Sound of Metal

Sound of Metal ★★★★½

This movie is making the rounds as one of the best of 2020, and … yeah, it really is. Riz Ahmed is achingly good, so full of hurt and constantly desperate for some light in this dark and confusing time for his character, including when playing off the equally-great Olivia Cooke. He also has much more to deal with than hearing loss, as difficult as that already must be; it’s linked to struggles he’s already had to work past and that threaten to return and compound on top of it, and works brilliantly to sell you on how truly isolated he now feels.

The treatment he receives may have been what he needed in more ways than expected, yet conflicts with the draw towards the quick and immediate way out. It raises the question of what it means to be cured of something like this, or if it even should be considered a cure, and how a path seemingly fraught with darkness could be the way to the light. Yet the pain isn’t shied away from, nor is the reality that no matter what he does and how much of what he wants he acquires, something will be forever lost and his life will never be the same. In fact, the closer he tries to get it back, the more painful it is to see – or hear – it in a forever incomplete state. (Best illustrated in that heartbreaking piano scene.)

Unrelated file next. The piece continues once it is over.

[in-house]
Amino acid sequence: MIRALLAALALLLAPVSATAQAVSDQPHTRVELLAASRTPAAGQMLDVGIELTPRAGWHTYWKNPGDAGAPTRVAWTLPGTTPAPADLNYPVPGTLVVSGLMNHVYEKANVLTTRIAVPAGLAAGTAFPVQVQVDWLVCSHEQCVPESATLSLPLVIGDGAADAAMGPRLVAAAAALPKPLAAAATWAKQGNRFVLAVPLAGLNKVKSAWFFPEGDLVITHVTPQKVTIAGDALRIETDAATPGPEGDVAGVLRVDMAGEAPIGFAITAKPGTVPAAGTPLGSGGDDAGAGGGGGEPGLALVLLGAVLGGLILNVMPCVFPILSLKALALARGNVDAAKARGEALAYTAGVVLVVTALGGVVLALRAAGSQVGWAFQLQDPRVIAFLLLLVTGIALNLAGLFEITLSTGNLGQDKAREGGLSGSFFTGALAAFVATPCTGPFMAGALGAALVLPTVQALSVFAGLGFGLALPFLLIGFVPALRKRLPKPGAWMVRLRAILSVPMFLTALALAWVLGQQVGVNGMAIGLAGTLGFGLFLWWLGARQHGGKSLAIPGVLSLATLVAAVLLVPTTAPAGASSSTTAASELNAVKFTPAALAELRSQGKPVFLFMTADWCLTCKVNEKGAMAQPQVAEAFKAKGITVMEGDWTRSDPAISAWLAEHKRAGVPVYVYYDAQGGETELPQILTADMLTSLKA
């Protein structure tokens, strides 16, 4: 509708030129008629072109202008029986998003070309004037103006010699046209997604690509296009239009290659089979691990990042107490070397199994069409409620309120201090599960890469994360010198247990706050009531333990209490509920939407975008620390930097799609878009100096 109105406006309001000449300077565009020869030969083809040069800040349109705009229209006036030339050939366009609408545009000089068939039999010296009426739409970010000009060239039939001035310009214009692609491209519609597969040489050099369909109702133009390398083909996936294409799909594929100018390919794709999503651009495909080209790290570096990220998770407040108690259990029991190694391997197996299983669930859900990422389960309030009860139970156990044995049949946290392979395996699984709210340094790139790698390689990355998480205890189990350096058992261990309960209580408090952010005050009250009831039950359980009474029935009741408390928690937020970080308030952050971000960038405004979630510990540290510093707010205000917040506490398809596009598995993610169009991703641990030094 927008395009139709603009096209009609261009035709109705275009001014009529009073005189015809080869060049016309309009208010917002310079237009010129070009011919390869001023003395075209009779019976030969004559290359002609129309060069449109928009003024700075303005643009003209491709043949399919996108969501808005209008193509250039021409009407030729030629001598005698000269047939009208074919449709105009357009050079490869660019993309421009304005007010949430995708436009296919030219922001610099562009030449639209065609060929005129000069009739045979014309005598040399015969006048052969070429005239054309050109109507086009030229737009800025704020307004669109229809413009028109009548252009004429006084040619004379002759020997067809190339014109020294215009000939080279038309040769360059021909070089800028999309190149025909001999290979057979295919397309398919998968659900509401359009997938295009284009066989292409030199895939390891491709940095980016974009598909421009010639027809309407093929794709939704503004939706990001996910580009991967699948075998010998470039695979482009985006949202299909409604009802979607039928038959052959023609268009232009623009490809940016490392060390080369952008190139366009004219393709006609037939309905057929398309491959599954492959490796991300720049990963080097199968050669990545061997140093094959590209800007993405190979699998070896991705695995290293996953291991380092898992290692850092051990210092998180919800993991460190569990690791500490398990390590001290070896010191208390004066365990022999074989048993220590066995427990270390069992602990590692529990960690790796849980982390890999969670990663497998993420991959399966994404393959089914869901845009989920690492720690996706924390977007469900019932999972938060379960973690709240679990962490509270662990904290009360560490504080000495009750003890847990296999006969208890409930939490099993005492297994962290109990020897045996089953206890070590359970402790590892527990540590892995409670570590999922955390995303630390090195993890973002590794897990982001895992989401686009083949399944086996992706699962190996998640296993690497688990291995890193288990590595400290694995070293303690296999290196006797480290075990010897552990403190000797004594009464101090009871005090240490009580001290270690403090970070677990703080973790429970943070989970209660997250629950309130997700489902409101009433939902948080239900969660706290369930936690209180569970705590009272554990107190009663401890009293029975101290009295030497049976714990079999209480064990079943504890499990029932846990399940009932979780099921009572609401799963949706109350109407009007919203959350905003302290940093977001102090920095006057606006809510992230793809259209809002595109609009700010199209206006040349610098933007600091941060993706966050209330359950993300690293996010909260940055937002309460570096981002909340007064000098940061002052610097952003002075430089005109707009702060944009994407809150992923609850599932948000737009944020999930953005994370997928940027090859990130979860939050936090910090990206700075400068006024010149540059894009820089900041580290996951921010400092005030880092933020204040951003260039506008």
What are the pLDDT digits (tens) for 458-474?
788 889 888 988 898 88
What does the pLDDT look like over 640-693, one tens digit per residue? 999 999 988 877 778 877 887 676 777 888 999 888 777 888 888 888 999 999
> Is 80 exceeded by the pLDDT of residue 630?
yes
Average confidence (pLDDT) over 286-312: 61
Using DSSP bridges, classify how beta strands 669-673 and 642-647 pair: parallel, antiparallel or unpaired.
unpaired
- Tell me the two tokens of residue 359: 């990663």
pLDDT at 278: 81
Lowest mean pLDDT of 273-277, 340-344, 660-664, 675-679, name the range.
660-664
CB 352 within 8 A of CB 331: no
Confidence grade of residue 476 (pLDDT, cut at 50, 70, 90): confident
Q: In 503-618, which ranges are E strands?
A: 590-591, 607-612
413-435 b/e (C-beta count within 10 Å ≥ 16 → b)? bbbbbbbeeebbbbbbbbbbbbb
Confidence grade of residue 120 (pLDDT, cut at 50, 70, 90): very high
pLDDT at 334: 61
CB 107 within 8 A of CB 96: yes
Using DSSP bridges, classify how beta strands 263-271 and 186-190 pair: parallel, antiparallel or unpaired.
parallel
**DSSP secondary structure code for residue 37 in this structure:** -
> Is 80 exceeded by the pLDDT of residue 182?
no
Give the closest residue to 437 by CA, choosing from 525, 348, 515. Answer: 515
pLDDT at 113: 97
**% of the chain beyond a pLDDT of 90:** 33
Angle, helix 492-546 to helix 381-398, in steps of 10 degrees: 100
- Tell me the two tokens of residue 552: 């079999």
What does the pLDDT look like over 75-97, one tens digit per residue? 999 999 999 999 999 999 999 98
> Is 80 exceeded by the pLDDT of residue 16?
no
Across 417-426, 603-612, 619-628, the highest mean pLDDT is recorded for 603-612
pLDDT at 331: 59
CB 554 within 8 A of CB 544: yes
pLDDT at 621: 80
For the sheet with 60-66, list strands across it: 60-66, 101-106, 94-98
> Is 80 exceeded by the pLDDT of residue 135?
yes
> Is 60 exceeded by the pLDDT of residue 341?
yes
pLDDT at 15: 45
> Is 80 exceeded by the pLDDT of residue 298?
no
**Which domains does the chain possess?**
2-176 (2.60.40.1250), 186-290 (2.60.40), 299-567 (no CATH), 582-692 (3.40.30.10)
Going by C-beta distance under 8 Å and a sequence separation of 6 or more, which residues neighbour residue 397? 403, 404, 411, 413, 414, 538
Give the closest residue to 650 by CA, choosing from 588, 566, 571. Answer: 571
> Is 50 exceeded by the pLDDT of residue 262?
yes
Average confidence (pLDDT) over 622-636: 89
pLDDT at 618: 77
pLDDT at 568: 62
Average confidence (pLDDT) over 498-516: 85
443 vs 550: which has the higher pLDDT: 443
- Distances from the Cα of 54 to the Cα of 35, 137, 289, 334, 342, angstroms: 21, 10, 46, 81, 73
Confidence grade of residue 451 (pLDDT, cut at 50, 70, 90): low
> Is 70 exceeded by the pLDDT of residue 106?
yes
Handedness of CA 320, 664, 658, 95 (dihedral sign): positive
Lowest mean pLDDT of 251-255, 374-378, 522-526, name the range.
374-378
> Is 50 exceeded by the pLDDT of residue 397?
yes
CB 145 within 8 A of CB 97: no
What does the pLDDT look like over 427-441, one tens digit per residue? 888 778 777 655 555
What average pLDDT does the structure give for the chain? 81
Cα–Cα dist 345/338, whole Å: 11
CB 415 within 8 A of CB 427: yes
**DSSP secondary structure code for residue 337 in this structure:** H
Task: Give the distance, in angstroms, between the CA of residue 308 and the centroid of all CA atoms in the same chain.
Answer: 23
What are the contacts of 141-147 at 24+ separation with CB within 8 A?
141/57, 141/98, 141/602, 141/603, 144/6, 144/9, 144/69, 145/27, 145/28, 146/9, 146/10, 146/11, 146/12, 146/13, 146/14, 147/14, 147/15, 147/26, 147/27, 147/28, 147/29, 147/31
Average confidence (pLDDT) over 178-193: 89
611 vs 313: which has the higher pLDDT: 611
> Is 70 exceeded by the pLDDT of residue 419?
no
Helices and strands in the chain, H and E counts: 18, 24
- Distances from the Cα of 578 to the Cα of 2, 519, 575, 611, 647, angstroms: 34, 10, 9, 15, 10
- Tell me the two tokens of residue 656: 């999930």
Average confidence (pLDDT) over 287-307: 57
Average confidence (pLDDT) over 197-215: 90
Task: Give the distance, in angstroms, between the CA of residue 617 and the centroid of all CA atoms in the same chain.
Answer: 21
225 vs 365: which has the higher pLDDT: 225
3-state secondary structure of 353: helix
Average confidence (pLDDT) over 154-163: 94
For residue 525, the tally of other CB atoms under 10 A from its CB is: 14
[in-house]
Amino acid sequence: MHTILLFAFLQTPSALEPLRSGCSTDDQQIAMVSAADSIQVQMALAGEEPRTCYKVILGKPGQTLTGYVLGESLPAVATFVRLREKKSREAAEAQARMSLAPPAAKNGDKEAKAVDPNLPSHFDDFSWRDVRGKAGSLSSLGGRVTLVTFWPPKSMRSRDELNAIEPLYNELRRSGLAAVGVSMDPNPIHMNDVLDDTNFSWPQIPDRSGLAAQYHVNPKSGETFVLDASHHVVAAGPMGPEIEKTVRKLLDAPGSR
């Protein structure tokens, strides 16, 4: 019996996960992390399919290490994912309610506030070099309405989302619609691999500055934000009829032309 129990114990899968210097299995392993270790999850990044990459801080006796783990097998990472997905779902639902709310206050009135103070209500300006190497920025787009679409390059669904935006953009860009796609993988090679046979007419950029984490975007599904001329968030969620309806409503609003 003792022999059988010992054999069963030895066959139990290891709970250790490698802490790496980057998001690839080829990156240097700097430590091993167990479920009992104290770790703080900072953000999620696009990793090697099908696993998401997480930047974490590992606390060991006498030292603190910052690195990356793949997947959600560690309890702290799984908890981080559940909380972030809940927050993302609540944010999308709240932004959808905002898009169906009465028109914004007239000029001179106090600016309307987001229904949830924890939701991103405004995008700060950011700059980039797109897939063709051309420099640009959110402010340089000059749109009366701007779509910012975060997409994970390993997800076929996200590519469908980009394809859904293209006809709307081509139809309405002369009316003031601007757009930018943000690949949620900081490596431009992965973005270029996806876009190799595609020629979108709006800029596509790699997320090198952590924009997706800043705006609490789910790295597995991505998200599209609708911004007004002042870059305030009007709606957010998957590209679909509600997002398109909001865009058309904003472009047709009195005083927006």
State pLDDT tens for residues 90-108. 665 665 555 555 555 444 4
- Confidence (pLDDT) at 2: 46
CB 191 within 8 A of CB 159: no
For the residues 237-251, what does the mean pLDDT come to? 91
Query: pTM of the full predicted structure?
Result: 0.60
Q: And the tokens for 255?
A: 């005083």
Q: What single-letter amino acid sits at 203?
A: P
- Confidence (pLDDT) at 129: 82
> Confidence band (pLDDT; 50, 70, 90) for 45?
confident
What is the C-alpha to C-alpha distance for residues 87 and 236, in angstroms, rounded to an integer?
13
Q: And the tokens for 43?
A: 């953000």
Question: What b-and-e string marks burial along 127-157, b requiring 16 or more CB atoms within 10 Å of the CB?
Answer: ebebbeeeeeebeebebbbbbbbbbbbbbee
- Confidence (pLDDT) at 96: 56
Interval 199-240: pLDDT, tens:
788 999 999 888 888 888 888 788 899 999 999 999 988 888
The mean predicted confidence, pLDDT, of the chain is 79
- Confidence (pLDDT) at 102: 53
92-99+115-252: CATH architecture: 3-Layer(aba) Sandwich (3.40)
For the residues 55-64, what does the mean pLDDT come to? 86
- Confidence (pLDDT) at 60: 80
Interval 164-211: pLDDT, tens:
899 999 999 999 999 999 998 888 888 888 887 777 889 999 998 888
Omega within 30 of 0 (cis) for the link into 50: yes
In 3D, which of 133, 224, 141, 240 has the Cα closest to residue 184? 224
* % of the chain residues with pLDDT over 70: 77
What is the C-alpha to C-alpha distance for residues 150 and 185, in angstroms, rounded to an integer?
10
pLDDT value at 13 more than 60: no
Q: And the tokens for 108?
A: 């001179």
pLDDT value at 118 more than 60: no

What can I say about the sound work that hasn’t likely been said by everyone else? Its nearly-muted, muffled qualities – and later on the crackly and distorted ones – are perfect for putting us in Ruben’s position and conveying how helpless, distanced, or even peaceful his world can be, not to mention their significant juxtaposition with when the sound fully comes back. If this doesn’t win the Oscar for Best Sound Mixing, I’ll … complain about it for a few seconds before moving on because the Oscars don’t matter anyway. It’s also just brave whenever a movie is willing to sustain such long periods of silence, unable to rely on dialogue to tell its story but still keeping it gripping, even if the second act can be a touch draining in moments.

It’s hard to know what else to say without giving anything away, as this is really a movie that you should go into knowing as little as possible, especially for how much of it is paid off in the third act. (And also I’ve had nearly 12 hours of meetings so far this week and my mind is too numb to write much more.) Sound of Metal is a favorite of mine this year, both for bringing attention to the experiences of the deaf community, and for being a mature, deeply affecting film in its own right.

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